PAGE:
There has been a plethora of fake hate crimes lately, which some politicians hope to exploit.
These recent media hoaxes highlight a rush to judgment, a tendency to assume a story is true because it fits the dominant media template.
One possible explanation for the media's gullibility would be confirmation bias, which is defined as "the tendency to search for, interpret, favor, and recall information in a way that confirms one's preexisting beliefs or hypotheses." The overwhelmingly liberal media tend to embrace stories that confirm their own biases and ignore those that don't.
It’s appropriate for detectives as well; Your bias makes you begin with a conclusion and then fit the evidence to support instead of correctly weighing the evidence equally and going where it takes you. That’s the scientific method.
These rush-to-smear incidents have been increasingly common, and my problem is that not only is the media too quick to assume the worst, but also that retractions receive little or no press after the truth is discovered.
Two recent cases illustrate media bias: the Covington, Ken., high school kids actually were not racists, and Jussie Smollett’s attackers were allegedly part of a hoax initiated by Smollett himself.
The MAGA hat-wearing Covington kids were a made-to-order hate group. Outraged journalists, celebrities, liberal politicians, etc. easily believed the kids were the attackers, clouded by their own anti-Trump bias and assumptions on who the attackers and who the victims are in America.
The media completely, and I assert willfully, misrepresented the Covington Catholic school-Native American march incident.
When TV star Jussie Smollett claimed to be the victim of a racist anti-gay attack at the hands of two Trump supporters, virtually the entire news media and a parade of politicians immediately believed him and demanded the rest of us do so as well.
The Smollett story had everything for a national media that long ago gave up the pretense of gathering news. Journalism is now explicitly a political job, the point of which is to enforce cultural orthodoxies and punish enemies.
Jussie Smollett was the perfect vehicle for both of those things.
Journalists pretended to be horrified as they recounted what he said happened to him, but secretly, they were thrilled.
Liz Plank, host of Vox Media’s “Consider It,” just knew President Trump had something to do with the attack.
“We don't know what happened to Jussie, but what we do know is that racism is alive and well in this country,” Plank said. “There is real evidence of people who have done these crimes, who cite that the President has inspired them.”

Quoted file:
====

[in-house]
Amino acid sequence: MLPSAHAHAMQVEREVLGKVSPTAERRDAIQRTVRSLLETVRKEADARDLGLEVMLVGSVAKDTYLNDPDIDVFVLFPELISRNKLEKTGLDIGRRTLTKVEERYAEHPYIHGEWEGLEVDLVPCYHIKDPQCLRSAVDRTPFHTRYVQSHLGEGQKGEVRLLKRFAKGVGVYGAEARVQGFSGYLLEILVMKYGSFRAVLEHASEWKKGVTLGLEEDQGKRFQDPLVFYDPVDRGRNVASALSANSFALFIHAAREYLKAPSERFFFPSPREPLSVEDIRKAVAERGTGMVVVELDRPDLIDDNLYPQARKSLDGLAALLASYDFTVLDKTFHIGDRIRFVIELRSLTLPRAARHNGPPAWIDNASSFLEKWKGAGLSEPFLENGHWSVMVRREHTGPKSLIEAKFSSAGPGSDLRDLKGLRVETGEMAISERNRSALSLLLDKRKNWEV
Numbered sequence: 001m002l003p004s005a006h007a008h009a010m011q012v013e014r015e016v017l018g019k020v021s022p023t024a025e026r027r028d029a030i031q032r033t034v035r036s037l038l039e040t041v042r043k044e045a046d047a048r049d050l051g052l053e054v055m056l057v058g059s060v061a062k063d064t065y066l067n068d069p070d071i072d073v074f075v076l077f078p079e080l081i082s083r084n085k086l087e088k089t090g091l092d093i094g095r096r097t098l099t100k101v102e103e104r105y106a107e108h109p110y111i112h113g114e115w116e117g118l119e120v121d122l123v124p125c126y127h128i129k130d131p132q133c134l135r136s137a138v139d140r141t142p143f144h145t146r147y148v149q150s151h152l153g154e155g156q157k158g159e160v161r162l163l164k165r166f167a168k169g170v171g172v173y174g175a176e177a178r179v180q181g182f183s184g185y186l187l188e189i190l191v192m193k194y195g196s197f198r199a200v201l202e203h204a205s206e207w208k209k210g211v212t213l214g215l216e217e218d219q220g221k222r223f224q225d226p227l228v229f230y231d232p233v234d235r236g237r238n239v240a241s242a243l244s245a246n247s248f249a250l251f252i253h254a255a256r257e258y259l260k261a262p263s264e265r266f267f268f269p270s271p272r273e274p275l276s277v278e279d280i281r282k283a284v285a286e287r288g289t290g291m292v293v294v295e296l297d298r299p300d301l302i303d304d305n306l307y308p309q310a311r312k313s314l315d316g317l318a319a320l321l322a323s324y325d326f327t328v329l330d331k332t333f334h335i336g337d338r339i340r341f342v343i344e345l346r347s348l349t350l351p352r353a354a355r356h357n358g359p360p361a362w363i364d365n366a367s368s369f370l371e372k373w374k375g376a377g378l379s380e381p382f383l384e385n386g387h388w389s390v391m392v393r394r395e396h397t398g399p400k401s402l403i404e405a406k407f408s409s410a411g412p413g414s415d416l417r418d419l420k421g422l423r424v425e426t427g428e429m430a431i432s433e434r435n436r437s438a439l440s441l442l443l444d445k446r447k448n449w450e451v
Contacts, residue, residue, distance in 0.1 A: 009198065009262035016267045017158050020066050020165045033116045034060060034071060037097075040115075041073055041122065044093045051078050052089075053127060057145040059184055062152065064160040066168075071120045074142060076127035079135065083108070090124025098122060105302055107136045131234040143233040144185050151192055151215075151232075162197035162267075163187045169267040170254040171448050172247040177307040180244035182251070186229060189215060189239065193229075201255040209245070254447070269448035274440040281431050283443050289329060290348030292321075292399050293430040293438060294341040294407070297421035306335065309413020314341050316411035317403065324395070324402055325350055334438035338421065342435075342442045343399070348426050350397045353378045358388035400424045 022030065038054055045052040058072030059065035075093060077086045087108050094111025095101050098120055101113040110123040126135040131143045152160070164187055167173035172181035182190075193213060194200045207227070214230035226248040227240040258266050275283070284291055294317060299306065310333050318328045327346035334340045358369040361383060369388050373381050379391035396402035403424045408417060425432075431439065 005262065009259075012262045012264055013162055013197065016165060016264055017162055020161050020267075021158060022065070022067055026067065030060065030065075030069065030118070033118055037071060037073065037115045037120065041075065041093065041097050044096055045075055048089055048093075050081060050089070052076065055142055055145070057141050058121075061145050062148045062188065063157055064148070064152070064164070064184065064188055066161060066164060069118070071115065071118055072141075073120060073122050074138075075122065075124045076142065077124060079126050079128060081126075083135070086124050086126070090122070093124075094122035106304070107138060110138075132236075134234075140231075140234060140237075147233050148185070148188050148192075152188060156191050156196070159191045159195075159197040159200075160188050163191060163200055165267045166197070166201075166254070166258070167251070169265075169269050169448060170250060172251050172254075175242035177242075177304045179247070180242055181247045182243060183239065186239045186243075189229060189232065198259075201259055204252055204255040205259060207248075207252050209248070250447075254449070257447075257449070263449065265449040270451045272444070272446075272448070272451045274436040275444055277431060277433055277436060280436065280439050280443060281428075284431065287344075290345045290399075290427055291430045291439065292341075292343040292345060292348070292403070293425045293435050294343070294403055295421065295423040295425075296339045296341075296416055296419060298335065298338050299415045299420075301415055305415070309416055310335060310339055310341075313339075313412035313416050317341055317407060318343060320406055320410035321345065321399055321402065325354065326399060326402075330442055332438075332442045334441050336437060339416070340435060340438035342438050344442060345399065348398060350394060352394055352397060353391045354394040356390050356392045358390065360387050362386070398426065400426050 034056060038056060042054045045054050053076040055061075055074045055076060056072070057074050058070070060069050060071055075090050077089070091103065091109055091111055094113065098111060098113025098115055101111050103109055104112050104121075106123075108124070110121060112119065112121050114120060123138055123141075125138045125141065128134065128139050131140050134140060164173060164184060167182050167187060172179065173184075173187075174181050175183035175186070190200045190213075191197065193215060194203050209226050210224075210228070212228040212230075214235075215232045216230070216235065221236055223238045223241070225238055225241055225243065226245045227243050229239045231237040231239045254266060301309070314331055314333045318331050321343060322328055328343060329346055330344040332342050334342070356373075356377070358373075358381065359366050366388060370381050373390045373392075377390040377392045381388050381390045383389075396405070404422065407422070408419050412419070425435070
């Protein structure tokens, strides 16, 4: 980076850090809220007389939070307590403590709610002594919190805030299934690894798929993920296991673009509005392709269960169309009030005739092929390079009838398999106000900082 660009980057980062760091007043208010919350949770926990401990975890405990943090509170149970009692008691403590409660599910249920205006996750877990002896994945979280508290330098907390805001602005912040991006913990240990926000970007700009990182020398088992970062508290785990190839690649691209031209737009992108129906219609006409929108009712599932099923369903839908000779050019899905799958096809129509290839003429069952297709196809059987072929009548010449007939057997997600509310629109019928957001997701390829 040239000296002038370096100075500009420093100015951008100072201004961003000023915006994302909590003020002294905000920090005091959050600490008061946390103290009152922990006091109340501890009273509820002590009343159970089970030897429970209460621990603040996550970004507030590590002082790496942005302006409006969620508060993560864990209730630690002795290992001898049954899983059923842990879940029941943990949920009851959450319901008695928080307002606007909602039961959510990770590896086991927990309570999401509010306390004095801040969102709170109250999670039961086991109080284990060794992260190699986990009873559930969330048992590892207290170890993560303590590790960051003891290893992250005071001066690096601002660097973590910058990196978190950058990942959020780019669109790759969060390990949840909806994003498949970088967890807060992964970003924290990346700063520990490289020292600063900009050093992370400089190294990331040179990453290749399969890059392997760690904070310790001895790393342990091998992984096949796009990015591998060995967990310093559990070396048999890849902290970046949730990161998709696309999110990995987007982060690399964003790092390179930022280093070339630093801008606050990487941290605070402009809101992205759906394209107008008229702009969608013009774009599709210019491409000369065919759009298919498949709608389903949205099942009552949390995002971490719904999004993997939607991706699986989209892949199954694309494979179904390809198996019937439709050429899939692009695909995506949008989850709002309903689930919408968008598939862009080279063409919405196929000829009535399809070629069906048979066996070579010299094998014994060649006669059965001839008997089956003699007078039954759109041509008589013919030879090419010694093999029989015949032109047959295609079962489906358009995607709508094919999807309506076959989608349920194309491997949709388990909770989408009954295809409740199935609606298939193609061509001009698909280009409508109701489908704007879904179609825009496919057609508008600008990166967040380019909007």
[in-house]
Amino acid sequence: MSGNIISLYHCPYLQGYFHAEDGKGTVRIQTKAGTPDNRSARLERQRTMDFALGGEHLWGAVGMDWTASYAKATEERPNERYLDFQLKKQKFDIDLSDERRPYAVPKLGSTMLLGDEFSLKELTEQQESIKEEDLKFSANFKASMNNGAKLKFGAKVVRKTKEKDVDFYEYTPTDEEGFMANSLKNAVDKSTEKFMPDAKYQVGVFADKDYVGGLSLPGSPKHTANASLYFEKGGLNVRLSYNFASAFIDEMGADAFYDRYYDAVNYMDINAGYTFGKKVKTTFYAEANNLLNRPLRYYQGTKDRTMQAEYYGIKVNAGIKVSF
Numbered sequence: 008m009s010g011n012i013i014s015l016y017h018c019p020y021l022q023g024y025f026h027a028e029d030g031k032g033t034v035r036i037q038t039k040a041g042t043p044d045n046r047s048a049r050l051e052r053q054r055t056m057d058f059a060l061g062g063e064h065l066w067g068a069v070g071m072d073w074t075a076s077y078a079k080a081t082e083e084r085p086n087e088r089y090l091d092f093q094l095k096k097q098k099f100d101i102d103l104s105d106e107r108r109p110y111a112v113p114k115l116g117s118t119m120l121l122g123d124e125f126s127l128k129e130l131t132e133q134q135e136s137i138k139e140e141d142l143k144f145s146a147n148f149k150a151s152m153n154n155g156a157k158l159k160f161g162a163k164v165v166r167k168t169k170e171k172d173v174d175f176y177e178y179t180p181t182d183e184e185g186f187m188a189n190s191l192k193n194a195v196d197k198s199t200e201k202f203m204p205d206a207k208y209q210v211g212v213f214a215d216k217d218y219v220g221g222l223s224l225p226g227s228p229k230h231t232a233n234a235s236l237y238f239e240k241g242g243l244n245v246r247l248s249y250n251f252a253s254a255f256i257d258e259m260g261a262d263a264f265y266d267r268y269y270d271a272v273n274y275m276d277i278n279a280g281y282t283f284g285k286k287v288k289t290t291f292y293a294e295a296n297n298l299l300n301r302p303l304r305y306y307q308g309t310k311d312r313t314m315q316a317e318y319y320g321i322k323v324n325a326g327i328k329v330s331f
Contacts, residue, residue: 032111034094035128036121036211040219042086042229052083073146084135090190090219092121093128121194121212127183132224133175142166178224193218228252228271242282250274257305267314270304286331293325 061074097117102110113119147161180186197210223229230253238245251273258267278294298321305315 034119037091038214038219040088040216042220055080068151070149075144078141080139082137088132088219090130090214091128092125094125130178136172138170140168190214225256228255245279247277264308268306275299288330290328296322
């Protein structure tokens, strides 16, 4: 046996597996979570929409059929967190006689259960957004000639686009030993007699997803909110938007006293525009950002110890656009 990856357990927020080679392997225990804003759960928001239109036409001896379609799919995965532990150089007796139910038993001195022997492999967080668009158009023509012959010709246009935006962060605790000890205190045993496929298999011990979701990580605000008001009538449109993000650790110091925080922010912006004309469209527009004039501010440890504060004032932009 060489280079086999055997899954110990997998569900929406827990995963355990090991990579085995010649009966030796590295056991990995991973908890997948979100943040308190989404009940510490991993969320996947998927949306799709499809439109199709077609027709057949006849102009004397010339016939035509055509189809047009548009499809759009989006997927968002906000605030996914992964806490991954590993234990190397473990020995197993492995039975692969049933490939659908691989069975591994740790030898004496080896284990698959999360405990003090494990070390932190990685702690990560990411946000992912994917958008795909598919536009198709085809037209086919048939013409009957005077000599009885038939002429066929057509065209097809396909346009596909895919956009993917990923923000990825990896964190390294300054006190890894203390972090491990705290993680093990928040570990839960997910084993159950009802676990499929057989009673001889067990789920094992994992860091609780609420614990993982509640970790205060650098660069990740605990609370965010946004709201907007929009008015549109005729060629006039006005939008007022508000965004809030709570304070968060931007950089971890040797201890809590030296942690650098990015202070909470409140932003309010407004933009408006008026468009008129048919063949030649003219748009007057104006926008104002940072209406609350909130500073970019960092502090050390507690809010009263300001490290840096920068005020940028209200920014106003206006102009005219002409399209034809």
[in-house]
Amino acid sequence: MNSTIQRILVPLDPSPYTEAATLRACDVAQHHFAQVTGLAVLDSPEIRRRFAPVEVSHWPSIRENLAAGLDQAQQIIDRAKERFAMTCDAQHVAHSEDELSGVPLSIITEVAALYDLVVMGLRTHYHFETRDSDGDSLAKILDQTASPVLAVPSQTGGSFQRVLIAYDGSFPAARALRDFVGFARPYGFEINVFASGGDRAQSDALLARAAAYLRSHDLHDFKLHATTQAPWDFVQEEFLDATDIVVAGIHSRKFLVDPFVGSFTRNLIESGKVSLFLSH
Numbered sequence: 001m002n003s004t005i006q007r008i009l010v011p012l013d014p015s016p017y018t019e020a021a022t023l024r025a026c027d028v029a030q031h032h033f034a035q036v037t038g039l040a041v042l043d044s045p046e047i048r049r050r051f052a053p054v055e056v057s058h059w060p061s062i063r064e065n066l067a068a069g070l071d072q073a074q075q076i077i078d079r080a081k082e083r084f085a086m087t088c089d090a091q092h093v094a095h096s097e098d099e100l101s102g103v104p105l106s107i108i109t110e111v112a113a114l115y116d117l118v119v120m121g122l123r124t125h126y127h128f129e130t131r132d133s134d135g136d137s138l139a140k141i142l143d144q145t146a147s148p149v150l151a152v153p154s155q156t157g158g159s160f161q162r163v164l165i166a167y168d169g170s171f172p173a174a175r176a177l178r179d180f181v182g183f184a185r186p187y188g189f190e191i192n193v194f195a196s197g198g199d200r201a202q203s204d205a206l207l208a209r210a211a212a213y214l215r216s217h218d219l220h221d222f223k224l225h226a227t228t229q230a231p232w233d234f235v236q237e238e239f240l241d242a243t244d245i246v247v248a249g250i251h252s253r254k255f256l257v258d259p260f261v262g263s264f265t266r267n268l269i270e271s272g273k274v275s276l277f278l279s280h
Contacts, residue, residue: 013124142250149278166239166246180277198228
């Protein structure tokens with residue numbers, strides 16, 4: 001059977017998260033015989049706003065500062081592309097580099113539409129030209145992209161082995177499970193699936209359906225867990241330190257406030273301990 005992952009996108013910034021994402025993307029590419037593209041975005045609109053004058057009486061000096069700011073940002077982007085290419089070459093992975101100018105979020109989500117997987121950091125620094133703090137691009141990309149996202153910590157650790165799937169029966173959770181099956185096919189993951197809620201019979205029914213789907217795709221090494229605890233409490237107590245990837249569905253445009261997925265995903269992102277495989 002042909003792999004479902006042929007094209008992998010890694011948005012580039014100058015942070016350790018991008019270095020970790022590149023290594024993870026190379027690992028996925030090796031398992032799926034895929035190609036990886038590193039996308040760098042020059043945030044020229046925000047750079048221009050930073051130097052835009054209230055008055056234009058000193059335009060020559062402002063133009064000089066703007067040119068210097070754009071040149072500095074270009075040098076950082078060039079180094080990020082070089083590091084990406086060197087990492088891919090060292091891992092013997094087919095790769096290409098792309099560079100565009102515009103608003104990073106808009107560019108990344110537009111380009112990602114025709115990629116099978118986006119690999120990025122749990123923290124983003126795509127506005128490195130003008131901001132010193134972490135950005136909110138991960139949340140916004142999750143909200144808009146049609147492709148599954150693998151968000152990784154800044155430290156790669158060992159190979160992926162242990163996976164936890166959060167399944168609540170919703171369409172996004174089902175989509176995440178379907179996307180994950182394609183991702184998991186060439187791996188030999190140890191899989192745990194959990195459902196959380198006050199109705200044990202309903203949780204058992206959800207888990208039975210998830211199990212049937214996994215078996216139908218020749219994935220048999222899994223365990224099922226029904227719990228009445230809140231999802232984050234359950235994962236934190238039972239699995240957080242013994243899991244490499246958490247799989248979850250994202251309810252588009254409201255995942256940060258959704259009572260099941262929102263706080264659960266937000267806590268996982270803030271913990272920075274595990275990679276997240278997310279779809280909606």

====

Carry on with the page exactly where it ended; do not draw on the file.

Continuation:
The Duke Lacrosse team’s alleged rape incident in 2006 set the stage for this, and the Brett Kavanagh Supreme Court hearings perpetuate it.
One of the takeaway’s of the Duke Lacrosse hoax posited that, “There was this palpable yearning among the liberal establishment for guilty white people they could put on trial.” How’s the Covington kids’ case any different? Of course, tack on the fact these kids came to Washington for a pro-life rally? Someone should just string them up right now.
Remember this one? In November 2016 a Muslim student at the University of Louisiana at Lafayette (ULL) alleged that her hijab and wallet were stolen by two white Trump supporters who were shouting racial slurs.
The woman’s accusation incensed leftists and Muslims across the nation and the world, prompting the ACLU of Louisiana to issue a statement denouncing both the incident and, of course, Donald Trump. The investigation into the incident involved several law enforcement agencies, including the FBI. The Washington Post, New York Times and CNN, meanwhile, ate the story up.
But what happened to this student’s story under tough police questioning? Well, she eventually broke down and admitted to police that she had fabricated the entire thing. By that time, of course, the media wasn’t too interested in such an innocuous little detail.
Many commentators are now convinced the media-in lockstep-knew the Jesse Smollett story was bogus from the start but pushed it anyway because it fit the anti-Trump and his bigoted supporters narrative. Who honestly ever believed gangs of MAGA hatted thugs were roaming Chicago looking for victims?
The long term consequences of these fake hate crimes is they stir up passions and influence both voting and policy-making in our victim-oriented society, and they deflect justified criticism. Thus, the "victim" is transformed into the victor, and society becomes fairer. Is that justice if it’s initiated by a lie?
Stoking race hatred ensures energizes for the Democratic Party. Divided populations are easier to manipulate and rule. There would be no Democratic coalition without racial animosity. It is what holds their constituencies together. That is the point of identity politics. It is why they are forever reopening the wound.
But the cost to the country has been high. Hate hoaxes make ethnic groups fear and distrust each other. That is a dangerous thing to do in a country that is becoming more diverse by the day.
Here’s a list of manufactured hate crimes during the Trump era. It’s a long list.